Knock knock. “Wake up! We’re gonna have some fun today!”
The crisp morning was refreshing but proved to be unsustainable, as the heat of the sun beamed aggressively upon the Glimpsers. By 7:30 am, the sun was already high up in the sky,and we were on our way on the new yet familiar pathway that led to the restaurant that served breakfast. Breakfast included ham and eggs, maduros (fried plantains), gallo pinto, and tortillas. Full and satisfied, we shortly began to prepare for our first English tutoring class that was planned for later in the evening. We wrote up a curriculum and added in icebreakers to get to know the future students. It was tough to coordinate something many of us have little experience in, but the teamwork and anticipation motivated us to push through.
Blanca Rosa graced us with her presentation about her work in special education schools. As the first speaker of the day, she opened our eyes to the education system of Nicaragua and prepped us for the activities coming up. It was a very impactful discussion, since none of us had understood the unique problems special needs teachers encounter. She shared her passion for her job which we inspired us to apply the same motivation to our own tutoring and other interests.
Briefly after the presentation, we energized the group with a game called Jiggalo. Glimpsers showed off their moves in an interactive and fun way. Ready to focus, we dived into the first CAP seminar, where we learned the three D’s: Discover, Design, Delivery. We were introduced to our partner program, Barrilete, which provides meals and a place to stay for homeless children and those at risk. This warmed us up to brainstorm ideas for our own CAP project.
After the seminar, we had lunch back at Imabite which we followed with another energizer. As seen in the picture, two teams battled in a riff off. The music bonded us all together, and it ended in a tie. The slight schedule change baffled us but we quickly adapted and greeted the next speaker Jaaziel, the coordinator FDCONIC, a technical school which allows Nicaraguans to pursue a higher education while being able to hold a career simultaneously. Jaaziel taught us to value the process rather than the speed of completion.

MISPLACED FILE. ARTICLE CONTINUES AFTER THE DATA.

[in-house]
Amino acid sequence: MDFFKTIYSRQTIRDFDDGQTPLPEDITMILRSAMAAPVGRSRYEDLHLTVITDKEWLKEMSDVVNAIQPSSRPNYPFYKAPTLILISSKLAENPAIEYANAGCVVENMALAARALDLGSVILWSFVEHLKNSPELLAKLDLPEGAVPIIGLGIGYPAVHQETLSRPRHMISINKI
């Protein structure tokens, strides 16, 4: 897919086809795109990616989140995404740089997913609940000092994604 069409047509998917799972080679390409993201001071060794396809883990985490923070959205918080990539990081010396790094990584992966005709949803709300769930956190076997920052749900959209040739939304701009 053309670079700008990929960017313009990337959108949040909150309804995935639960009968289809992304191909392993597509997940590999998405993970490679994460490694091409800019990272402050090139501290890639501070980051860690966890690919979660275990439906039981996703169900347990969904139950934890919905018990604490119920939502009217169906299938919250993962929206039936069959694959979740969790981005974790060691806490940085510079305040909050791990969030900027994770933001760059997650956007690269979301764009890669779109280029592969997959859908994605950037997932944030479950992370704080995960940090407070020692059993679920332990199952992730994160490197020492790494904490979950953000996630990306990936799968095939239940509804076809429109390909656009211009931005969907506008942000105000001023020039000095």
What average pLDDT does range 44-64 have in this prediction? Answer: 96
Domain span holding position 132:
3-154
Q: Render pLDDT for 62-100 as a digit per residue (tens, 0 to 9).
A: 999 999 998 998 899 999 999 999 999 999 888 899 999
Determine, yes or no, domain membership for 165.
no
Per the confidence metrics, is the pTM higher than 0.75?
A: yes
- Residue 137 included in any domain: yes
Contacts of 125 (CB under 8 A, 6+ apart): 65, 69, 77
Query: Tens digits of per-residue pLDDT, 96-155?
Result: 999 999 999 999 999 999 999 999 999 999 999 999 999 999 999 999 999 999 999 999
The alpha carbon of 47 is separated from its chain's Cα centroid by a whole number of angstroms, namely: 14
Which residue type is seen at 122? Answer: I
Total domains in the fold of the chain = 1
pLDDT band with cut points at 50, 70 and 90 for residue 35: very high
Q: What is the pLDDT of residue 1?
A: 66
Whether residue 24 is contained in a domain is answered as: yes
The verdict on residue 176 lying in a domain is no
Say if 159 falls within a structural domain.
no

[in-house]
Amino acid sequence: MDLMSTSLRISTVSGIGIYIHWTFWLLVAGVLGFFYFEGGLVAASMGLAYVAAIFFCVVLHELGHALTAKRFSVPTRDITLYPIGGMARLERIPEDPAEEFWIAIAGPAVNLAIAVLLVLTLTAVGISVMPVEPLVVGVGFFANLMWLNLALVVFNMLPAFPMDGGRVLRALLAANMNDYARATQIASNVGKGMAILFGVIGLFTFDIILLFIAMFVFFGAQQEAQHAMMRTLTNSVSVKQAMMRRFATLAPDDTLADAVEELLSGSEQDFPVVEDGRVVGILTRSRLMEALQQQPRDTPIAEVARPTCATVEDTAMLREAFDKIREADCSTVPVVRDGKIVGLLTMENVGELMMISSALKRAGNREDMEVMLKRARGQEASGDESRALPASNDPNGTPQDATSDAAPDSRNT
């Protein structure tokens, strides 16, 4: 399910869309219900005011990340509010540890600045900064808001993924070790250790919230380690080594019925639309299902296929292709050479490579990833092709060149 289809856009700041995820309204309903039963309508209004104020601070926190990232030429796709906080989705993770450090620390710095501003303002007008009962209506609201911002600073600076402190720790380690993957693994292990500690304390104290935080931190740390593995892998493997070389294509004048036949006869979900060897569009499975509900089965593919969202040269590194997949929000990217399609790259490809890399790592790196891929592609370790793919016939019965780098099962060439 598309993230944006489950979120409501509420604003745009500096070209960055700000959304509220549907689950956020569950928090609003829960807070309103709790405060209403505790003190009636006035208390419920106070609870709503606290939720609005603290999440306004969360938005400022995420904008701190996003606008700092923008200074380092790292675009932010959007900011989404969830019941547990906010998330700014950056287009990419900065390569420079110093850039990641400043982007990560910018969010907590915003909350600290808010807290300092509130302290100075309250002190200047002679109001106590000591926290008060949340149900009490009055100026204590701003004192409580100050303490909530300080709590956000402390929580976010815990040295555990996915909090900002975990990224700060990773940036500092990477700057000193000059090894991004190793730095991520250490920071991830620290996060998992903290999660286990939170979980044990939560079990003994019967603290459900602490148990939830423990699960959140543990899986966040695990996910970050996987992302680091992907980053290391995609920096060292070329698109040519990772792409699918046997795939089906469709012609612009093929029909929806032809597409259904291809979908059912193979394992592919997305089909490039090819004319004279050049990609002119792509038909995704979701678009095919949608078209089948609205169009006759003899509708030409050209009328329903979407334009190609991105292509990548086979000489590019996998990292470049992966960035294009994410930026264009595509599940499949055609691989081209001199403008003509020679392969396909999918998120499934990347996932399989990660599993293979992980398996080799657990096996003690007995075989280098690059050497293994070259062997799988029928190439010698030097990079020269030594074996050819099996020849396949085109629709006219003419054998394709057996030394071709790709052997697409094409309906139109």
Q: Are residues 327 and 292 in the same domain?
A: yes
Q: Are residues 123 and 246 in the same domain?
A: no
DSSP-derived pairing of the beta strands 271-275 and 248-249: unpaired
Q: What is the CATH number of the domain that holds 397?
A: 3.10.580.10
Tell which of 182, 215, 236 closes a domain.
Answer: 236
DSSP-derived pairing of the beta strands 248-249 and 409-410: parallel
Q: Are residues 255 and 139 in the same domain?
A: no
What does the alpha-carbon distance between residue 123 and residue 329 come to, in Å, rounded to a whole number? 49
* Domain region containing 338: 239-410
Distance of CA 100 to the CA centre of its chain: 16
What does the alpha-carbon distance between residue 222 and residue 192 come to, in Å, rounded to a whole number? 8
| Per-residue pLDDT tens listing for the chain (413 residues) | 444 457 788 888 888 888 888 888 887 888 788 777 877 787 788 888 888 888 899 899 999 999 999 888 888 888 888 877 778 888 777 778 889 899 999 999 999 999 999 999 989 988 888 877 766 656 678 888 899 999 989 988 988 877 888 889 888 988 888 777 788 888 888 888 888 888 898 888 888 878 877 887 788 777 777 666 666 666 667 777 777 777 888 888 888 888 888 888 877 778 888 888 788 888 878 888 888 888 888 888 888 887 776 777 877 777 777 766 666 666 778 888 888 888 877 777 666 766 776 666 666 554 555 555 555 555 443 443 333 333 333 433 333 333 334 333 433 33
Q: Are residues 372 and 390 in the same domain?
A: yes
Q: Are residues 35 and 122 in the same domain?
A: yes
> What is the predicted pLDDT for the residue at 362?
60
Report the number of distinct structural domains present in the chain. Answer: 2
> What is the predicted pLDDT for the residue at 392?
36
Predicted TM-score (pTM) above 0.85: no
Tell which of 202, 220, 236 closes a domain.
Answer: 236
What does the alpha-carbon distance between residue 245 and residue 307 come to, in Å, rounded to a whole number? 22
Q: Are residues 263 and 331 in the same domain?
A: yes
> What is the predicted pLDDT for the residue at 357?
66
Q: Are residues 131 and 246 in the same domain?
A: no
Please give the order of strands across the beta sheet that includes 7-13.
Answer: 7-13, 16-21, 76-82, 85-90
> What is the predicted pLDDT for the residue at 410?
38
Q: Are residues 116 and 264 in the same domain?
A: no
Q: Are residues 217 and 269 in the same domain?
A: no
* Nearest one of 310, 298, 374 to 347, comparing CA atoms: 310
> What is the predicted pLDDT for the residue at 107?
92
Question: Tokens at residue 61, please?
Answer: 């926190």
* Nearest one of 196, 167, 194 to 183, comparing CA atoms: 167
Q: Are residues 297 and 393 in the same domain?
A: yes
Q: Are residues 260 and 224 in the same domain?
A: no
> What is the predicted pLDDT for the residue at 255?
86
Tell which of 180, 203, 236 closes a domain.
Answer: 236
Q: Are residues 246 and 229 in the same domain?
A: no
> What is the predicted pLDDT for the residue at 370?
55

Next, we watched a movie about how Nicaraguans with differing privileges are affected by the school system. The movie followed three specific stories, each pursuing a different educational goal. The cruel reality of their daily lives based on their income put our minds into perspective. Dinner was served shortly after with a glass of sweet iced tea.
Finally, it was time for English tutoring. Half scared and half excited, we rushed to get our classrooms set up for the students. We were divided into three groups based on Spanish skill level: Beginner, Intermediate, and Advanced. Each class began with an awkward icebreaker which melted away the language barriers. We were pleasantly surprised to find that we could connect and relate to the students, showing that they were really not that different after all. At the end of the session, we were all excited for the next.
As usual, the nightly meeting wrapped up our long day and we passed the torch to the next LDD’s.
And here we are, at 10:04 pm, sweaty and not-yet-showered, writing this blog post.
Chelsea and Diana signing out. HAGS!